By Ray Stern
By Ray Stern
By New Times
By Amy Silverman
By Stephen Lemons
By Stephen Lemons
By Monica Alonzo
By Chris Parker
Lindblad pays each fisherman $220 per boat. The inflatables depart the ship three times a day, six boats per shift. The company also hires a local restaurant to cater a barbecue. On the Sea Bird, two of the six scientists are always Mexican.
At night the scientists on board the ship make knowledgeable presentations, even sketching out the fight in San Ignacio to stop the expansion of Mitsubishi's salt plant into the calving lagoon. In fact, the head of the cruise line, Sven Lindblad, had been the first to contact activist Roger Payne in the Sea of Cortez to inform him that the president of Mexico had killed the salt plant.
Several days into the trip, an alarm sounds aboard ship. One fellow traveler has fallen ill and will have to be helicoptered to more sophisticated medical attention, which necessitates the Sea Bird making for port. All of the passengers on the beach have to be evacuated promptly. Soon, boats stuffed with senior citizens roar out from the shore heading for the ship.
In this last installment of the series, Executive Editor Michael Lacey joins travelers in search of the gray whale to examine the burgeoning eco-tourism industry along the Pacific coast, the people who venture into the wild, and the impact of the whale-watching business on local communities and cultures.
Read the entire series
When Jean Simmons clambers back on board, her face registers immediate relief upon spotting her friend, a 53-year-old stay-aboard who'd stood by the rail watching intently, never having witnessed a tourist Dunkirk.
"Thank God, you're safe," says Simmons to her flummoxed friend, who does not understand her concern. "I thought I heard them say your name when they told us who had to be airlifted out."
There are few destinations where you can go to get hugged by 90-year-old women. There ought to be more.
The soldiers in the war on drugs are housed in an enormous army base in Guerrero Negro halfway up the peninsula. The barracks are built upon the remains of an abandoned school. Underground classrooms there used to house the graffiti image of San Francisco's Saint Stupid, but the cone-headed icon has been replaced by military hardware.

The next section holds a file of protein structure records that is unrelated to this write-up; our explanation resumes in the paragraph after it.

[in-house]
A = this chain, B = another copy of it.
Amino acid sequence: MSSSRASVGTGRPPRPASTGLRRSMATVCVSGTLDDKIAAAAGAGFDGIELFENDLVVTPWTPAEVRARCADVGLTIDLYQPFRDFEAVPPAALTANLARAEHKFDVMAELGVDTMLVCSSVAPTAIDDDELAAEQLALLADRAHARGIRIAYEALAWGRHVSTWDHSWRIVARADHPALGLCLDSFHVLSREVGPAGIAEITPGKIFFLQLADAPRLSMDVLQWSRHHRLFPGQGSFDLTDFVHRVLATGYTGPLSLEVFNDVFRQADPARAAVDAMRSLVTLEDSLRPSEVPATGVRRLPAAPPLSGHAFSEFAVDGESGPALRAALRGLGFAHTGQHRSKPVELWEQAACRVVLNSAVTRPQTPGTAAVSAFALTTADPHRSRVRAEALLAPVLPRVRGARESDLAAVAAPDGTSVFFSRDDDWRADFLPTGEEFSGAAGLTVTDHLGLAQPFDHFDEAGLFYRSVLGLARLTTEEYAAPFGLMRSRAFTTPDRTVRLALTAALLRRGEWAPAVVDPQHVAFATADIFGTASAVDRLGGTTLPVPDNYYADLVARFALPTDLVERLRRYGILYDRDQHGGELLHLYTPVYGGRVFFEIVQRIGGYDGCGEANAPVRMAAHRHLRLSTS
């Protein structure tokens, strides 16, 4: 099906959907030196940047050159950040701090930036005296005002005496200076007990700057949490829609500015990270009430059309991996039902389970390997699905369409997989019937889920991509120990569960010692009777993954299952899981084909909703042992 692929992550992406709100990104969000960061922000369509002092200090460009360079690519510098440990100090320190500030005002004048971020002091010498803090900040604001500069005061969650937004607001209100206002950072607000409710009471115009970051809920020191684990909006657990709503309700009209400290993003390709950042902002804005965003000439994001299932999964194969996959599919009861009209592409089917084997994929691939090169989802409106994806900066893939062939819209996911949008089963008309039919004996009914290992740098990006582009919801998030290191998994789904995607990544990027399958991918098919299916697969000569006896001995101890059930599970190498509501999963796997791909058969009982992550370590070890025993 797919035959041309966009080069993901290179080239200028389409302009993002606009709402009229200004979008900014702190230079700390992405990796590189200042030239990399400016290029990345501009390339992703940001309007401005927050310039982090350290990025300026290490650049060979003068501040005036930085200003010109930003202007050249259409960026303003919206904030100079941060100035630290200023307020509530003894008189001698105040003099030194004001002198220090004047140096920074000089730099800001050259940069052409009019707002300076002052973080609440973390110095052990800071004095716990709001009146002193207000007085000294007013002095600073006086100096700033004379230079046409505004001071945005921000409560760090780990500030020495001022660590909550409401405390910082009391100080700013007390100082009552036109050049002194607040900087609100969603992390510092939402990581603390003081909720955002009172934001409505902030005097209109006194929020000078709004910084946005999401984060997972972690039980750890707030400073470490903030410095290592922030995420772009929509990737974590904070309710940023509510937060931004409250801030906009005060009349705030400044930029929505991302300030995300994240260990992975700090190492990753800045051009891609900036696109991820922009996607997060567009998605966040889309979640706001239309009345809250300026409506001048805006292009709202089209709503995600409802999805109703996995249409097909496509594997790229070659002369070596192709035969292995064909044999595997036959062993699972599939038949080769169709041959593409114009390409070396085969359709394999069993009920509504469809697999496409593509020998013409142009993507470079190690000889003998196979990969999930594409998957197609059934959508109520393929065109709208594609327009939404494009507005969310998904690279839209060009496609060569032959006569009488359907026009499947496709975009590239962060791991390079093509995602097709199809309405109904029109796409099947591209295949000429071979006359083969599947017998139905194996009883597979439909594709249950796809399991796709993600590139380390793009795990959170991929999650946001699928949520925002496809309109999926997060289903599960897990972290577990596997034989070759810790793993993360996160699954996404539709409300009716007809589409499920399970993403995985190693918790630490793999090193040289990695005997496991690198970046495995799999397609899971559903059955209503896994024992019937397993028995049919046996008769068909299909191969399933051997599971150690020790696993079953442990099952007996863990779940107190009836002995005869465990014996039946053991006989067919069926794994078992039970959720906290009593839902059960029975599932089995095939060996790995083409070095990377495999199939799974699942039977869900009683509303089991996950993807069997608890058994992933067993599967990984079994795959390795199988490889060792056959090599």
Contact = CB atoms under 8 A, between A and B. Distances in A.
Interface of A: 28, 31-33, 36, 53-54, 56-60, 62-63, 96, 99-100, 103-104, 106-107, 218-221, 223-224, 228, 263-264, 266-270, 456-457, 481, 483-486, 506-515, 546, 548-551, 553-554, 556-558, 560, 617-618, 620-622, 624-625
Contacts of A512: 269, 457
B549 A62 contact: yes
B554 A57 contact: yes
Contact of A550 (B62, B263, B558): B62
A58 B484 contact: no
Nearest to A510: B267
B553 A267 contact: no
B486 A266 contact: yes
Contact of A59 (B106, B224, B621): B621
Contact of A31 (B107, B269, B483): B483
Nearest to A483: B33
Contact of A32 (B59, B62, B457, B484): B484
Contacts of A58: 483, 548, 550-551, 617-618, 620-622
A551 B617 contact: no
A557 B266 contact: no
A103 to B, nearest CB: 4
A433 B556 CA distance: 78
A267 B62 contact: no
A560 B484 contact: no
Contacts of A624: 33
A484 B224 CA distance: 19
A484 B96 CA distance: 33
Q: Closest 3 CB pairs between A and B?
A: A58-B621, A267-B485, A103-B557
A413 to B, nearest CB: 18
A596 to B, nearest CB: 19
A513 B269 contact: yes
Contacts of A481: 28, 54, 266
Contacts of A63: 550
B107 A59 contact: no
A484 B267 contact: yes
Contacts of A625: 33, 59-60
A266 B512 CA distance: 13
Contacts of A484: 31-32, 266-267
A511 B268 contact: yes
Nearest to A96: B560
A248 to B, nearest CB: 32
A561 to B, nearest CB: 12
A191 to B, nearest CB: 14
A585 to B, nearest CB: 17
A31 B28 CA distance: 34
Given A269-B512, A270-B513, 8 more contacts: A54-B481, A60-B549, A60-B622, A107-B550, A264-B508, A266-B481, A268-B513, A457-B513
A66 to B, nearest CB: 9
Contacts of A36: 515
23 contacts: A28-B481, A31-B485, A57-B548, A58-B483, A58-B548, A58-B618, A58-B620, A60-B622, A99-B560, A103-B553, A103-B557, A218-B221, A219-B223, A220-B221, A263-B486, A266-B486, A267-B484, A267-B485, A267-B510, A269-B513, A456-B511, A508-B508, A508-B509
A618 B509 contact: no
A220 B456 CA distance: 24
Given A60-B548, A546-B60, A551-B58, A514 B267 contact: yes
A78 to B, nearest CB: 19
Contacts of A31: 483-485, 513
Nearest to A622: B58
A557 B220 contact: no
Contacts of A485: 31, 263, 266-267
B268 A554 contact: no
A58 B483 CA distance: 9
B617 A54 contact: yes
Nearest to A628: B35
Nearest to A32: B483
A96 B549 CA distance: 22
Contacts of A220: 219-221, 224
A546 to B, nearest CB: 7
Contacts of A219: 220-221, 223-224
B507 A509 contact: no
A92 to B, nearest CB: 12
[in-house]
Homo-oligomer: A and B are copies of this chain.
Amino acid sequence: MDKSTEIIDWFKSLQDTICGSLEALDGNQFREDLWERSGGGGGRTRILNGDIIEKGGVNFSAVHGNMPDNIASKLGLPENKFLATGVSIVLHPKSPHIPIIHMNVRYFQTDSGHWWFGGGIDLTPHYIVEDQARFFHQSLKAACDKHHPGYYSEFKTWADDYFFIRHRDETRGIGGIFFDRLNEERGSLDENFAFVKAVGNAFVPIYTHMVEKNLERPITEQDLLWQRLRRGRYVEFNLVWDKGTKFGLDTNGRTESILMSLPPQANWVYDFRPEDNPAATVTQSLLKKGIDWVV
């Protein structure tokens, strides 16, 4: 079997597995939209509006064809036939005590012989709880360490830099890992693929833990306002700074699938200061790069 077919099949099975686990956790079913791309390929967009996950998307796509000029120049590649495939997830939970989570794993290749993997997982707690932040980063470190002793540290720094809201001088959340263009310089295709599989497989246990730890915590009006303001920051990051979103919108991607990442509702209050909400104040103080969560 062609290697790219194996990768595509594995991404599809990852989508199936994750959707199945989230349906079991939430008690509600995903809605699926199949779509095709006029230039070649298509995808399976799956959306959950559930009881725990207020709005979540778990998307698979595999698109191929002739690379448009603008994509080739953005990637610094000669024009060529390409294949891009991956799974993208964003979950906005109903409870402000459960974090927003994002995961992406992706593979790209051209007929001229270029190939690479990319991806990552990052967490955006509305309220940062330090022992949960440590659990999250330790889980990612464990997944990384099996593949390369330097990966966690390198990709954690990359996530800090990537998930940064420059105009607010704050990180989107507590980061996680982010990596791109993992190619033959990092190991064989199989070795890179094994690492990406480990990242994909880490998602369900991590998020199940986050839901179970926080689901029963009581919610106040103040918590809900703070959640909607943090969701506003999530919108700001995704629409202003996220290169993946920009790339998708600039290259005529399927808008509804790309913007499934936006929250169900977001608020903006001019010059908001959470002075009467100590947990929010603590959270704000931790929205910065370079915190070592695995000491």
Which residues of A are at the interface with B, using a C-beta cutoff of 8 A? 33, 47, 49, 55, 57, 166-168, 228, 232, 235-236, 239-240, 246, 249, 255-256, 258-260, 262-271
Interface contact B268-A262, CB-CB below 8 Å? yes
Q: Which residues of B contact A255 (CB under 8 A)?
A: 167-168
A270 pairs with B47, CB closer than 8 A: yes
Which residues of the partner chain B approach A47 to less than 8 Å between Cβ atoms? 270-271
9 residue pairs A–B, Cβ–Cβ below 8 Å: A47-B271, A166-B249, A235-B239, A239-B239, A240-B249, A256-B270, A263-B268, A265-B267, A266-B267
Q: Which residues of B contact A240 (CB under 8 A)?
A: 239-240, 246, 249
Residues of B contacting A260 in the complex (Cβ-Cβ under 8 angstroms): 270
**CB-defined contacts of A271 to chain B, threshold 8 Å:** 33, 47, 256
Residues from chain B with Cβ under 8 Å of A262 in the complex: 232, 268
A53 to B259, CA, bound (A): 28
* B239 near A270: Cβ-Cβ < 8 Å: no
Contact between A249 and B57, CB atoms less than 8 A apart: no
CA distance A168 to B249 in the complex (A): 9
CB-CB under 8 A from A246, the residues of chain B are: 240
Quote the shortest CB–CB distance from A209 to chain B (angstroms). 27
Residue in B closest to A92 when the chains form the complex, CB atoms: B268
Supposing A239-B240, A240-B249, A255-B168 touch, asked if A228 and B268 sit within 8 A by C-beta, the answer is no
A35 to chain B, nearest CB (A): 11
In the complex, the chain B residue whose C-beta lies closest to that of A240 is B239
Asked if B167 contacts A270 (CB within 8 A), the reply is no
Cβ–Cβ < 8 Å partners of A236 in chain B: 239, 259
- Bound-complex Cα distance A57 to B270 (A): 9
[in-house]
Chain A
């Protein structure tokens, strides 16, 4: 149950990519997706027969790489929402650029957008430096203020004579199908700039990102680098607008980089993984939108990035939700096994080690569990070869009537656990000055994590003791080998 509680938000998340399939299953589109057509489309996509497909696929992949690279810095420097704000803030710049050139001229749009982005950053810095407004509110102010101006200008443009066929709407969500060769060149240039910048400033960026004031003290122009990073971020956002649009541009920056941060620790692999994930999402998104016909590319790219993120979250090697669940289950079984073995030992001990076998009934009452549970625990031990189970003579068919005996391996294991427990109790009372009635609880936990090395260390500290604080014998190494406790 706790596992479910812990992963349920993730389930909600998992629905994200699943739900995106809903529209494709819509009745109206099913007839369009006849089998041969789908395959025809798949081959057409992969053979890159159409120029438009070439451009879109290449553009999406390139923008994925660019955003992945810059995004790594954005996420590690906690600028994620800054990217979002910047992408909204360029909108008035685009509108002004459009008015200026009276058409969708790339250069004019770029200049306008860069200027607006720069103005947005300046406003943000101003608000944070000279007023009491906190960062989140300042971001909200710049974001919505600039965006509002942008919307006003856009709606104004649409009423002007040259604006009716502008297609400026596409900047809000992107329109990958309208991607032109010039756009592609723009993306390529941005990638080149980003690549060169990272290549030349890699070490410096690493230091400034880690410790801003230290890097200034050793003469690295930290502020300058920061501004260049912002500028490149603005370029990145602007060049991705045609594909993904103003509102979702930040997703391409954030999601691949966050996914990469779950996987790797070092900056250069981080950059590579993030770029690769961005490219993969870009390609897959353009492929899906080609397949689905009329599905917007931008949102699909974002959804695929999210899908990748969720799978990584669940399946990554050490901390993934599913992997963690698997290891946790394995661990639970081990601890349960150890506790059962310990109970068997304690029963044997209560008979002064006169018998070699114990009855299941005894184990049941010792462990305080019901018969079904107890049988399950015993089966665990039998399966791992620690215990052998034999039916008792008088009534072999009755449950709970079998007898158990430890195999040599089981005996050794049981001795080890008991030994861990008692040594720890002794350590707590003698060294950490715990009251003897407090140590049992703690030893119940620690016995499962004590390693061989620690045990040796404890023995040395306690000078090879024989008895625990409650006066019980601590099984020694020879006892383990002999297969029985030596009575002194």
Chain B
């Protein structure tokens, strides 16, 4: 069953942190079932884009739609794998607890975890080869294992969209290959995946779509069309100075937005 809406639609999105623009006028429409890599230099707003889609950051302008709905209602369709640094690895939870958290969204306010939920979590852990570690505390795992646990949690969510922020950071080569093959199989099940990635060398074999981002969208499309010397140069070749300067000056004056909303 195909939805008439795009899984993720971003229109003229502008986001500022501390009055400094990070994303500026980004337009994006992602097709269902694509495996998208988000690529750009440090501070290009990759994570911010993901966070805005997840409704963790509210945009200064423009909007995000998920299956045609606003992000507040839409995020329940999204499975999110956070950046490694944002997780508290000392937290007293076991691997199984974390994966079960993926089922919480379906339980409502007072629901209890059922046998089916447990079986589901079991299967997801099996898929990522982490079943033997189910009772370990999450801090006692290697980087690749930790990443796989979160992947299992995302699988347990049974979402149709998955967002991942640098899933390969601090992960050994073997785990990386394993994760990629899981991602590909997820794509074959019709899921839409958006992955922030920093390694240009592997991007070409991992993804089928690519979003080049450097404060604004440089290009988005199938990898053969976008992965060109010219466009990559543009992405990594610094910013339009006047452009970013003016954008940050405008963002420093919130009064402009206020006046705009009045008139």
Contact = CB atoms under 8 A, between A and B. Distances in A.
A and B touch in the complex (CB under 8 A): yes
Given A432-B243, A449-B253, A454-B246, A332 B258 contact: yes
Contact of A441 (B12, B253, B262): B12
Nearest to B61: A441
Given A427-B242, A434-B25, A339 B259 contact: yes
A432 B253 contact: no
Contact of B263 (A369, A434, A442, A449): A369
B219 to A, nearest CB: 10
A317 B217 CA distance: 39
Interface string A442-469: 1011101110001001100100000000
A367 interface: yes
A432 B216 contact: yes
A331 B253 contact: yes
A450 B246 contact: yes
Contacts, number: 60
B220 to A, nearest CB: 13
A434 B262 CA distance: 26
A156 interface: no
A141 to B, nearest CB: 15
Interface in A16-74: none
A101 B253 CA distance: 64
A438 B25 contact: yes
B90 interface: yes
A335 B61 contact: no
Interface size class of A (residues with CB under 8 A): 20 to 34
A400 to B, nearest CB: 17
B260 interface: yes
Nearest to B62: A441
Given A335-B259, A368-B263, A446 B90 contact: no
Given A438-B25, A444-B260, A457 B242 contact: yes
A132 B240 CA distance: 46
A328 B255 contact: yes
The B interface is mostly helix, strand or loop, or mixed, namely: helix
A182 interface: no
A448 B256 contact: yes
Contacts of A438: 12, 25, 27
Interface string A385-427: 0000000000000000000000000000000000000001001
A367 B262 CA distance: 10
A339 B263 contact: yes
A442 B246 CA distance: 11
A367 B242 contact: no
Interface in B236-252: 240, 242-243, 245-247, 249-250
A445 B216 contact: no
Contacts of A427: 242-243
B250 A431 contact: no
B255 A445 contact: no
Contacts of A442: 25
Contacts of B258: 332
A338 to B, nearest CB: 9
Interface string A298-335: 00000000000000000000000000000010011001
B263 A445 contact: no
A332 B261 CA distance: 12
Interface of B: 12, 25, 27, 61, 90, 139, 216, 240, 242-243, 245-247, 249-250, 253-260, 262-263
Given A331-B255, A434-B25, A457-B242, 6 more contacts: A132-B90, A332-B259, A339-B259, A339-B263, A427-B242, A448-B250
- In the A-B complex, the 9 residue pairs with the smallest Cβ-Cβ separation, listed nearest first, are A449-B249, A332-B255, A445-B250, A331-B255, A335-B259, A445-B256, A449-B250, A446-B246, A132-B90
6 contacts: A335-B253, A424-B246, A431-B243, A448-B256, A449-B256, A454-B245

It is here that Baja Discovery's campers must stop their bus on the way back to San Diego so that the soldiers can inspect the baggage and eyeball the eco-tourists for suspicious behavior.
Guerrero Negro is the home of ESSA, the salt plant whose plans to expand to Laguna San Ignacio triggered the five-year battle with the worldwide environmental coalition. Since 1993, the town has also offered organized whale-watching tours.
Waiting in Guerrero Negro to go see the grays is Gabriella Ruffo, who once helped train Keiko, the killer whale with the sagging dorsal fin that went on to star in the movie Free Willy. Her work at the aquarium in Mexico City with Keiko was also her ticket to fame. Ruffo became a famous Latin screen star. You could tell from the excited comments of the men hoping to help her into the panga.
"Gabriella is here. Gabriella is here."
Enrique Achoy Cota is not one of those men. He, after all, owns Mallarimo Eco-Tours, the similarly named restaurant and the charming motel out behind the kitchen.
In conversations with Achoy, it is clear that NASA launched rockets with less stringent oversight than the pangas of Guerrero Negro are subjected to before taking to the water.
For one thing, only half the number of pangas -- 12 -- are licensed for Scammon's Lagoon as are given permits for Laguna San Ignacio. This despite the fact that the body of water in Guerrero Negro is twice as large as the waters near Laguna San Ignacio some 100 miles south.
But it goes beyond that, according to Achoy.
"A fisherman cannot be a whale-watching operator because they don't have the training," says Achoy of his competitors in San Ignacio. "They don't know how to handle tourism. They come and go when you pay them. We have developed a non-governmental association and a code of ethics. If they violate the code, they are out."
Sadly, the pangas depart before Achoy can finish his recitation of the code of ethics.
Ruffo is pensive on the short drive to the pangas.
"We in Mexico do not have the culture to take care of animals," she says. "Just look at all the dogs in the streets."
It is true. You never see any coffee-table books on the dogs of Mexico. But Keiko himself was infamous in animal rights circles because of the suggestion that he was treated shabbily in Mexico City before being set free. Folks continue to follow the unsuccessful effort to reintroduce Keiko to the open sea in Iceland.
Ruffo has another point of view.
"I didn't like Keiko," she says. "Keiko was making a soap opera and this guy was carrying a prod to show when Keiko was making a mistake. Keiko left the pool to go to the holding tank. They opened the door to let him get in and he was angry, making circles and waves. He didn't want to be with people. He was moody and temperamental."
Like a movie star?
Actually, Ruffo was known for her cheerfulness and consequently worked as a game-show hostess where the popular refrain was, "Here's Gabi!!!"
Today, she hosts parties for children aged 3 to 12.
Out on the water, Ruffo and the panga full of eco-tourists see whales everywhere. Toward the end of the visit, the spectators are treated to much thrashing, splashing and loud, raucous carrying on by several gray whales.